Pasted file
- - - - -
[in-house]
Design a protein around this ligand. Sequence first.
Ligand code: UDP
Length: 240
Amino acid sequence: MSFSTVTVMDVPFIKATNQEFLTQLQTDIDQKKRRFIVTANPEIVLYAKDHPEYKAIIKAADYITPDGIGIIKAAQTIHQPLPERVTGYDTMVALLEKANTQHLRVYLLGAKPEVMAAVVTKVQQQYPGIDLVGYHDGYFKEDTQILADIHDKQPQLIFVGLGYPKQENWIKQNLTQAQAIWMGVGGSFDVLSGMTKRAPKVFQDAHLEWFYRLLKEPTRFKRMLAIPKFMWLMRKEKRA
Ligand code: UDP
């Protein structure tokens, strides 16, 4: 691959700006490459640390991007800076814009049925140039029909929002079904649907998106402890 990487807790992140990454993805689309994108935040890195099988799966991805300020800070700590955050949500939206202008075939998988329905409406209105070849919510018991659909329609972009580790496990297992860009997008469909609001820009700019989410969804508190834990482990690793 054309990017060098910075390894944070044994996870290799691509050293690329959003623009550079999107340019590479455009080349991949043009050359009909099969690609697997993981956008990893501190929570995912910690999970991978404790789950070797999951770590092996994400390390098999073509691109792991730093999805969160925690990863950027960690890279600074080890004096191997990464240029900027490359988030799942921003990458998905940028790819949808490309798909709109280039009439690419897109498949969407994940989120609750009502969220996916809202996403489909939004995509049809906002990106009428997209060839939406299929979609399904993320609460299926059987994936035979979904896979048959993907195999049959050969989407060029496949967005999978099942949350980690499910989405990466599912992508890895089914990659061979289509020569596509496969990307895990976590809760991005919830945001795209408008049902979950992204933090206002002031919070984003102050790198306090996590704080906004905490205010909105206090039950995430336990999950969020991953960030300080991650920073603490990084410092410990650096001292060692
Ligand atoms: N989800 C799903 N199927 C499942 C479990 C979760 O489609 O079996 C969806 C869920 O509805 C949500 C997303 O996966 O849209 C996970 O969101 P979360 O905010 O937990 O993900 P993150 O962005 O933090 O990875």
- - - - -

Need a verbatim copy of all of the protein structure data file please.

[in-house]
Design a protein around this ligand. Sequence first.
Ligand code: UDP
Length: 240
Amino acid sequence: MSFSTVTVMDVPFIKATNQEFLTQLQTDIDQKKRRFIVTANPEIVLYAKDHPEYKAIIKAADYITPDGIGIIKAAQTIHQPLPERVTGYDTMVALLEKANTQHLRVYLLGAKPEVMAAVVTKVQQQYPGIDLVGYHDGYFKEDTQILADIHDKQPQLIFVGLGYPKQENWIKQNLTQAQAIWMGVGGSFDVLSGMTKRAPKVFQDAHLEWFYRLLKEPTRFKRMLAIPKFMWLMRKEKRA
Ligand code: UDP
């Protein structure tokens, strides 16, 4: 691959700006490459640390991007800076814009049925140039029909929002079904649907998106402890 990487807790992140990454993805689309994108935040890195099988799966991805300020800070700590955050949500939206202008075939998988329905409406209105070849919510018991659909329609972009580790496990297992860009997008469909609001820009700019989410969804508190834990482990690793 054309990017060098910075390894944070044994996870290799691509050293690329959003623009550079999107340019590479455009080349991949043009050359009909099969690609697997993981956008990893501190929570995912910690999970991978404790789950070797999951770590092996994400390390098999073509691109792991730093999805969160925690990863950027960690890279600074080890004096191997990464240029900027490359988030799942921003990458998905940028790819949808490309798909709109280039009439690419897109498949969407994940989120609750009502969220996916809202996403489909939004995509049809906002990106009428997209060839939406299929979609399904993320609460299926059987994936035979979904896979048959993907195999049959050969989407060029496949967005999978099942949350980690499910989405990466599912992508890895089914990659061979289509020569596509496969990307895990976590809760991005919830945001795209408008049902979950992204933090206002002031919070984003102050790198306090996590704080906004905490205010909105206090039950995430336990999950969020991953960030300080991650920073603490990084410092410990650096001292060692
Ligand atoms: N989800 C799903 N199927 C499942 C479990 C979760 O489609 O079996 C969806 C869920 O509805 C949500 C997303 O996966 O849209 C996970 O969101 P979360 O905010 O937990 O993900 P993150 O962005 O933090 O990875």